About the church….

The distinguishing “marks” of a true church, i.e., one authenticated by Scripture are 1) Purely preaching and teaching God’s Word and 2) proper administration of the sacraments of baptism and the Lord’s Supper. Does your church preach the Word purely and properly administer the sacraments?

The purposes of the church are threefold:
1. Ministry to God: Worship
2. Ministry to believers: Nurture
3. Ministry to the world: Evangelism and Mercy

All three of these are commanded by the Lord in Scripture. Therefore all three must remain important and none can be neglected. Does your church maintain a careful balance between these purposes?

BEWARE: A church that emphasizes only worship will end up with inadequate bible teaching of believers and its members will remain shallow in their understanding of Scripture and immature in their Christian lives.

A church that places the edification of believers over the other two purposes will produce Christians who know a lot about biblical doctrine but will have spiritual dryness in their lives because they know little of the joy of worshipping God or telling others about Christ.

Similarly, a church that makes evangelism such a priority that it causes the other two purposes to be neglected will also end up with immature Christians who emphasize growth in numbers over genuine love for God in worship, doctrinal maturity and personal holiness in their lives.

*Take a good hard look at your church. If these purposes are kept in balance and the sacraments performed, then it is a church of God. Small doctrinal differences do not give cause to separate.

Re: Spiritual gifts and the cessationist debate. In layman’s terms: cessationists are Christians who believe that certain spiritual gifts were only available during the time of the Apostles and have since “ceased.” These are miraculous gifts, such as tongues plus interpretation, prophecy, healing and the casting out of demons. This has been a devisive issue among protestants. Some adamantly believe in miraculous gifts (such as Pentecostals/Charismatics), while some adamantly disbelieve (cessationists: Reformed and Dispensational Christians). It must be said that a large group of Protestants (mainstream evangelicals) are simply undecided, and are unsure if this question can be decided from Scripture. For me, it is not that complicated. My analysis follows:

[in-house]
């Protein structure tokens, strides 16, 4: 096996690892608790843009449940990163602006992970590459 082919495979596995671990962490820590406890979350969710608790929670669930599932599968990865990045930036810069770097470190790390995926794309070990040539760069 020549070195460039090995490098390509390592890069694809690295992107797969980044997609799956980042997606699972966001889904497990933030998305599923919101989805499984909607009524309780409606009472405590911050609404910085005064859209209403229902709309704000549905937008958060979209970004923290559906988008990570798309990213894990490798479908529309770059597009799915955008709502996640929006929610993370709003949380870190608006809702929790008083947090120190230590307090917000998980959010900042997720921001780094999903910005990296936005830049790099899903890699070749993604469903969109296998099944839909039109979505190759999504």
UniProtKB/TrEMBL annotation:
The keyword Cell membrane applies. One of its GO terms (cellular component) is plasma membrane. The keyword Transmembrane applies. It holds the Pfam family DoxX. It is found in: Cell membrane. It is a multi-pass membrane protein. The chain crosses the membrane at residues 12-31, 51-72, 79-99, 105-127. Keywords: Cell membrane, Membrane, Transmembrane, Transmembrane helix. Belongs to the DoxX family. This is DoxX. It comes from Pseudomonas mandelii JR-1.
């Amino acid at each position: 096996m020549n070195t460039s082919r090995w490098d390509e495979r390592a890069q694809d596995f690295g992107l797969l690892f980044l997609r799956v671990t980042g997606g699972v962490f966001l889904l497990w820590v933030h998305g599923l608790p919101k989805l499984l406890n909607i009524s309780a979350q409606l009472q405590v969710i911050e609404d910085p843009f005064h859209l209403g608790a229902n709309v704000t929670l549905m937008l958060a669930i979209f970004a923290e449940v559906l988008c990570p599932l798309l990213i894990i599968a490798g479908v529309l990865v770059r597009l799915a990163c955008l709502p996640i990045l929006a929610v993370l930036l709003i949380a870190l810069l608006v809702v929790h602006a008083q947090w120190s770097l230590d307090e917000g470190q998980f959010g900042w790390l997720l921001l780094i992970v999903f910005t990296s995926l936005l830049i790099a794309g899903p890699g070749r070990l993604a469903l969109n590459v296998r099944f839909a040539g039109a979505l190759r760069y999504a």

Both sides need each other for balance. It is simply not helpful for either side as a whole to think that they cannot learn from each other. The Reformed and Dispensational positions tend to be very strong in understanding Christian doctrine and a have a deep and accurate understanding of the teachings of Scripture. Historically this has been proven. On the other hand, Pentecostals/Charismatics have more practical experience in the use of spiritual gifts and in vitality of worship. As a Reformed Christian who studied in a Pentecostal Seminary, I am a man of both doctrine and practice, I can confidently say that God is Almighty. He can bestow or withhold gifts at any point in history, past, present, future. While logic, experience and history have shown us that spiritual gifts such as tongues and healing have lessoned exponentially since the time of the Apostles, we would be remiss to count them out completely in light of God’s Omnipotence.

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